I find that NFP mirrors the requirements of love: it requires self knowledge, communication, vulnerability, and trust to work effectively. How fitting that these elements are also required for a healthy and successful marriage. And so in using NFP to plan our family, we practice the very things needed for a strong marriage and indeed, a strong faith as well. For at the center of our fertility is Christ calling us to relationship with Him, calling us to walk on the waters, to put out into the deep, to trust in Him. Christ is calling us to know ourselves that we may know Him, to trust that we may be vulnerable with him, to be vulnerable with Him that we may be loved by Him. Will you answer His call?

Beauty in the Broken

I have often struggled with feeling broken and betrayed by my body.

It began with our struggle with infertility and my anxiety, when I felt that because my body would not carry a child, that not only was I broken, that I wasn’t fulfilling my vocation as a woman and spouse.

When I became a mother, during my pregnancy I thought to myself, “now, finally, I am healed.” As I passed each milestone, and birth came closer and closer, I let go of those feelings of brokenness and rejoiced in my body. My body was creating life, and I rejoiced in the pains and struggles of pregnancy, because I no longer felt betrayed by my body.

I thought that feeling of brokenness and betrayal by my body would change definitively with my daughter’s birth. I thought her birth would heal that wound, the feeling that my body had betrayed me.

And yet, after Madeleine’s birth, that wound remained.

I was a mother now. Everything we had prayed for had happened. Her birth was beautiful. Madeleine was even born on her due date, the feast of Our Lady of Mt. Carmel after I’d prayed a novena to Our Lady of Mt. Carmel that she would arrive on time.

And yet, in all that joy, I was drowning.

My body was a stranger to me. Nothing prepared me for how different my body felt to me after Madeleine’s birth. And then on top of that, Madeleine would scream when I tried to feed her. It sometimes took an hour and a half just to feed her.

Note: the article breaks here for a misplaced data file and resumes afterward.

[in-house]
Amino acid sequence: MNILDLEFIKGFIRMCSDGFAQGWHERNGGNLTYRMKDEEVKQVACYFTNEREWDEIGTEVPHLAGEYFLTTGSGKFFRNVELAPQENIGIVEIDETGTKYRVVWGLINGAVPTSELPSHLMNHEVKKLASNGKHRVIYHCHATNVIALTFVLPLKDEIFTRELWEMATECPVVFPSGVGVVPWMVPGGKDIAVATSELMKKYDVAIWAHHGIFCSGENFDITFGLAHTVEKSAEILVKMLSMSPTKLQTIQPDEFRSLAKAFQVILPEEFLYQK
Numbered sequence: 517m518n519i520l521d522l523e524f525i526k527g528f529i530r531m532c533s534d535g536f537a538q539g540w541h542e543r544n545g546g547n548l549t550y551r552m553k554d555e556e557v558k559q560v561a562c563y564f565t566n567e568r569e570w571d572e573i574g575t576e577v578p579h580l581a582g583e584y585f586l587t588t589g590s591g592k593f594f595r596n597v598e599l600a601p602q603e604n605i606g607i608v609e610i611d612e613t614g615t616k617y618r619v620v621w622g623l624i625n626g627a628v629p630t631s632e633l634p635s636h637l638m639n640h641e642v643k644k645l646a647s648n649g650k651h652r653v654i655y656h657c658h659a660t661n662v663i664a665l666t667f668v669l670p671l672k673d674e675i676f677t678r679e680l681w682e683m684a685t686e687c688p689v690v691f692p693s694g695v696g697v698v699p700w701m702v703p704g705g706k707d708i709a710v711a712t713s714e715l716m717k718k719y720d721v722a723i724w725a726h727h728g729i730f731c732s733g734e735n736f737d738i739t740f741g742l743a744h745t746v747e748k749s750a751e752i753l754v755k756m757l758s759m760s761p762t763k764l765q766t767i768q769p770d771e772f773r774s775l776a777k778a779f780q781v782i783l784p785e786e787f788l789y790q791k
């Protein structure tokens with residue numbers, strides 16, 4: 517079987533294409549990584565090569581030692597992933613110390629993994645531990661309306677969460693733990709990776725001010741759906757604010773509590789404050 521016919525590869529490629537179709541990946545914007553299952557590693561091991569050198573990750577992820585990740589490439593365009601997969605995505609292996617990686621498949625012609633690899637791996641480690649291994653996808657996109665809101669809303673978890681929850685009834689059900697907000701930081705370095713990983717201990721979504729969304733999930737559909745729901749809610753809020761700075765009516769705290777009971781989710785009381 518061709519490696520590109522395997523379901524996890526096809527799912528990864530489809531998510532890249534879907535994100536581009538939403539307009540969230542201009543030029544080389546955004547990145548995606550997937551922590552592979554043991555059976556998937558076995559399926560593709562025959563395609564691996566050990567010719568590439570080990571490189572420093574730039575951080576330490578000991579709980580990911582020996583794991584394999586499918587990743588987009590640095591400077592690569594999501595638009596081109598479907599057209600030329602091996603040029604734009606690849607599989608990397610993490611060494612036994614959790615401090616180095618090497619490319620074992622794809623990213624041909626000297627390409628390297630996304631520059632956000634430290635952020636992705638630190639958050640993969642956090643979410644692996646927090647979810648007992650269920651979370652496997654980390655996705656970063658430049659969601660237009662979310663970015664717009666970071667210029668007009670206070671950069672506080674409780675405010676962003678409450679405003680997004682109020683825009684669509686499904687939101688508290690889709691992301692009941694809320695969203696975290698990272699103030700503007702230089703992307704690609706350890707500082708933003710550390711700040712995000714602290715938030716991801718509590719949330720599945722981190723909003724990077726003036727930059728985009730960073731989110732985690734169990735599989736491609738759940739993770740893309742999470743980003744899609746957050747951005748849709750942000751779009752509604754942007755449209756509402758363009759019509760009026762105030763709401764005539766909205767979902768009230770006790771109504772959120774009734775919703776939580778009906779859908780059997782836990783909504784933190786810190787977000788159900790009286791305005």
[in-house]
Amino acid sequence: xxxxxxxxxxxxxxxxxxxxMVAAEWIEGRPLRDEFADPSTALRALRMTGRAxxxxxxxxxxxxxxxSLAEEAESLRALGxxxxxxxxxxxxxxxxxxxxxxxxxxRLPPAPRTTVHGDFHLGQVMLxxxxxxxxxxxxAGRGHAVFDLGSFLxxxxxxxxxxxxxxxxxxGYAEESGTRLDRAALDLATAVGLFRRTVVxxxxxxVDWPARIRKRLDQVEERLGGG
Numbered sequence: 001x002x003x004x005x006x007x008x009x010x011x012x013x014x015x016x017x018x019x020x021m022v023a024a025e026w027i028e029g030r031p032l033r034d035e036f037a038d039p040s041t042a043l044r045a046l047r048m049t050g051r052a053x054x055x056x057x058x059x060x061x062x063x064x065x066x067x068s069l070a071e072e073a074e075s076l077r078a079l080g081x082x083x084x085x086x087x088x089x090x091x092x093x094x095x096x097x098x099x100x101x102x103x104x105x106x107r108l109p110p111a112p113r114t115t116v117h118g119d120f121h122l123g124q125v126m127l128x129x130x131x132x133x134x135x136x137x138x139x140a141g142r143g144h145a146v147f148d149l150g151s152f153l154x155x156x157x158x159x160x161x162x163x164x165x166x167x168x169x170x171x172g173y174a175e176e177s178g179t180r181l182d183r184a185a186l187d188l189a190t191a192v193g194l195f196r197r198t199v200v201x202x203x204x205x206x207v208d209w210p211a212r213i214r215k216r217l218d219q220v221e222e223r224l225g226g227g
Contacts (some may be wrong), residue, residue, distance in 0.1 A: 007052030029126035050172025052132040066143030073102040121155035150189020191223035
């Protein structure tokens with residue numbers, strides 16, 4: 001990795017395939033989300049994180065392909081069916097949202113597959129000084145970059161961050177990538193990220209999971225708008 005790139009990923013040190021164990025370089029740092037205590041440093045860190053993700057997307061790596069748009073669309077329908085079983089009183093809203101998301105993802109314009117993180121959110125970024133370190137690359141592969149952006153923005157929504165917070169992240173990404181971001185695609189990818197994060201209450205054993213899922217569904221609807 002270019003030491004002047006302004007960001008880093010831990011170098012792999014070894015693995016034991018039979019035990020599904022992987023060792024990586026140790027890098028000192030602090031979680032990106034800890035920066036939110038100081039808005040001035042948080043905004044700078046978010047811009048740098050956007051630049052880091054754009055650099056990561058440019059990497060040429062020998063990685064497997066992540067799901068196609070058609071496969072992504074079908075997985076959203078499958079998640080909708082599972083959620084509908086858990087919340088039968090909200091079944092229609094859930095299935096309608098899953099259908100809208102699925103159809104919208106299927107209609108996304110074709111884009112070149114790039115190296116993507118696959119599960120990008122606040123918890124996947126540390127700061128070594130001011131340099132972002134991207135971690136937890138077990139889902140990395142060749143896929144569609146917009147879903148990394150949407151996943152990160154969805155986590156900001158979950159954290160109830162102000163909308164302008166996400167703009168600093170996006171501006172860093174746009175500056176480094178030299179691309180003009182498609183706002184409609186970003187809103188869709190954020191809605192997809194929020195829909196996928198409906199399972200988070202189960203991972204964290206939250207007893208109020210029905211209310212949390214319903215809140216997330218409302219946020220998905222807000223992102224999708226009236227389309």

It was then that I started to notice my hands.

I remember a reflection during our marriage prep that asked you to hold your betrothed’s hands. It asked you think about how these hands, the hands holding your own, would be the hands to care for you when you were sick, to comfort you in times of difficulty, to hold and love your children.

After Madeleine’s birth, my hands ached. They were constantly stiff and sore. I blamed having to take hours to nurse Madeleine and constantly hold her in the same position. But it kept getting worse. I thought perhaps my De Quervains Syndrome (like carpal tunnel) was returning and was sure that after a time it would get better.

Then my shoulders started to ache. I blamed my ring sling, and stopped wearing it. But the pain remained. I couldn’t lift my hands above my head without pain. I blamed having to sit in the same position for hours to feed Madeleine.

But then one night, Madeleine woke up crying. She needed to be fed. And I struggled to get to her.

I struggled to move myself out of bed. My whole body was stiff and sore. Madeleine’s crying became louder and louder. I felt terrible. And then, when I finally got to her, I realized I couldn’t pick my baby up out of her crib.

I woke up Nicholas, who brought Madeleine to me in the rocking chair. I could barely hold her, even with my nursing pillow. It was that night that I realized something was terribly wrong.

About two months after that night when my hands refused to work (this past November), I was diagnosed with Rheumatoid Arthritis.

The doctor explained that my immune system had started to attack my joints. I would need to be on an immunosuppressant indefinitely. She explained that it was probably my pregnancy that had triggered the autoimmune disease.

And once again, I felt betrayed by my body.

My pregnancy and Madeleine’s birth had started to heal the wounds of betrayal I had felt after almost two years of infertility. Suddenly, those wounds were cut open again. My body was literally attacking itself. It wasn’t functioning as it should, again, and it was affecting my ability to care for my daughter. I was angry, I was hurt, I was broken.